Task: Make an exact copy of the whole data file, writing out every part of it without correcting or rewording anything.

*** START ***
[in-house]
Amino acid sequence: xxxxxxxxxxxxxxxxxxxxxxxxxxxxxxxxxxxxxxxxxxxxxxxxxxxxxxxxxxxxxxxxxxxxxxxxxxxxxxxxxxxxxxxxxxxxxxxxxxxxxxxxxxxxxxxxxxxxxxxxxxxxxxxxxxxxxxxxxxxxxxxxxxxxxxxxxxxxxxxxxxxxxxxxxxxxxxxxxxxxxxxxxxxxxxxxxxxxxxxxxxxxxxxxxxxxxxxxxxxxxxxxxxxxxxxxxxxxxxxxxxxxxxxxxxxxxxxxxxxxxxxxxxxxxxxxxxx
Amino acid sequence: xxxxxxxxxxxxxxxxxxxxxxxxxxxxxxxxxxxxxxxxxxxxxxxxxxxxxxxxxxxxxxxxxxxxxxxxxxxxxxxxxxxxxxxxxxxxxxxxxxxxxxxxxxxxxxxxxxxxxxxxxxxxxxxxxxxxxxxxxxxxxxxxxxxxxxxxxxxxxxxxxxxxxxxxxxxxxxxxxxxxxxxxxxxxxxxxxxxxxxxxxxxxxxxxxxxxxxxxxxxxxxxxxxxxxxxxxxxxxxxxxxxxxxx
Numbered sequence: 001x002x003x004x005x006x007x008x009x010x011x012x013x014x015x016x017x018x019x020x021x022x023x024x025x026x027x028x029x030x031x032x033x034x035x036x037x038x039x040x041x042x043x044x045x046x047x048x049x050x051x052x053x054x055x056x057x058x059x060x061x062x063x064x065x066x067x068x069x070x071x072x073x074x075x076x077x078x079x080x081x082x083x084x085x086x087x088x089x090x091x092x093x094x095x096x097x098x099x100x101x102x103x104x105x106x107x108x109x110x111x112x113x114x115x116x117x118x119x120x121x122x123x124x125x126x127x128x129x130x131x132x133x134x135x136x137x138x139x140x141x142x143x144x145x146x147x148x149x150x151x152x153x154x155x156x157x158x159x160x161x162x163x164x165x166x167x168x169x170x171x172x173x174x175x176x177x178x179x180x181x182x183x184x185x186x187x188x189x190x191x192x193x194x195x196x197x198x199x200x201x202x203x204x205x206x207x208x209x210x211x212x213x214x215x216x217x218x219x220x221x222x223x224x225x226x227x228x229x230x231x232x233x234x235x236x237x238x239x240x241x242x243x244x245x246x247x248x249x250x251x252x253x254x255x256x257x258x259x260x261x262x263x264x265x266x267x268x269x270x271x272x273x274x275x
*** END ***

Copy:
[in-house]
Amino acid sequence: xxxxxxxxxxxxxxxxxxxxxxxxxxxxxxxxxxxxxxxxxxxxxxxxxxxxxxxxxxxxxxxxxxxxxxxxxxxxxxxxxxxxxxxxxxxxxxxxxxxxxxxxxxxxxxxxxxxxxxxxxxxxxxxxxxxxxxxxxxxxxxxxxxxxxxxxxxxxxxxxxxxxxxxxxxxxxxxxxxxxxxxxxxxxxxxxxxxxxxxxxxxxxxxxxxxxxxxxxxxxxxxxxxxxxxxxxxxxxxxxxxxxxxxxxxxxxxxxxxxxxxxxxxxxxxxxxxx
Amino acid sequence: xxxxxxxxxxxxxxxxxxxxxxxxxxxxxxxxxxxxxxxxxxxxxxxxxxxxxxxxxxxxxxxxxxxxxxxxxxxxxxxxxxxxxxxxxxxxxxxxxxxxxxxxxxxxxxxxxxxxxxxxxxxxxxxxxxxxxxxxxxxxxxxxxxxxxxxxxxxxxxxxxxxxxxxxxxxxxxxxxxxxxxxxxxxxxxxxxxxxxxxxxxxxxxxxxxxxxxxxxxxxxxxxxxxxxxxxxxxxxxxxxxxxxxx
Numbered sequence: 001x002x003x004x005x006x007x008x009x010x011x012x013x014x015x016x017x018x019x020x021x022x023x024x025x026x027x028x029x030x031x032x033x034x035x036x037x038x039x040x041x042x043x044x045x046x047x048x049x050x051x052x053x054x055x056x057x058x059x060x061x062x063x064x065x066x067x068x069x070x071x072x073x074x075x076x077x078x079x080x081x082x083x084x085x086x087x088x089x090x091x092x093x094x095x096x097x098x099x100x101x102x103x104x105x106x107x108x109x110x111x112x113x114x115x116x117x118x119x120x121x122x123x124x125x126x127x128x129x130x131x132x133x134x135x136x137x138x139x140x141x142x143x144x145x146x147x148x149x150x151x152x153x154x155x156x157x158x159x160x161x162x163x164x165x166x167x168x169x170x171x172x173x174x175x176x177x178x179x180x181x182x183x184x185x186x187x188x189x190x191x192x193x194x195x196x197x198x199x200x201x202x203x204x205x206x207x208x209x210x211x212x213x214x215x216x217x218x219x220x221x222x223x224x225x226x227x228x229x230x231x232x233x234x235x236x237x238x239x240x241x242x243x244x245x246x247x248x249x250x251x252x253x254x255x256x257x258x259x260x261x262x263x264x265x266x267x268x269x270x271x272x273x274x275x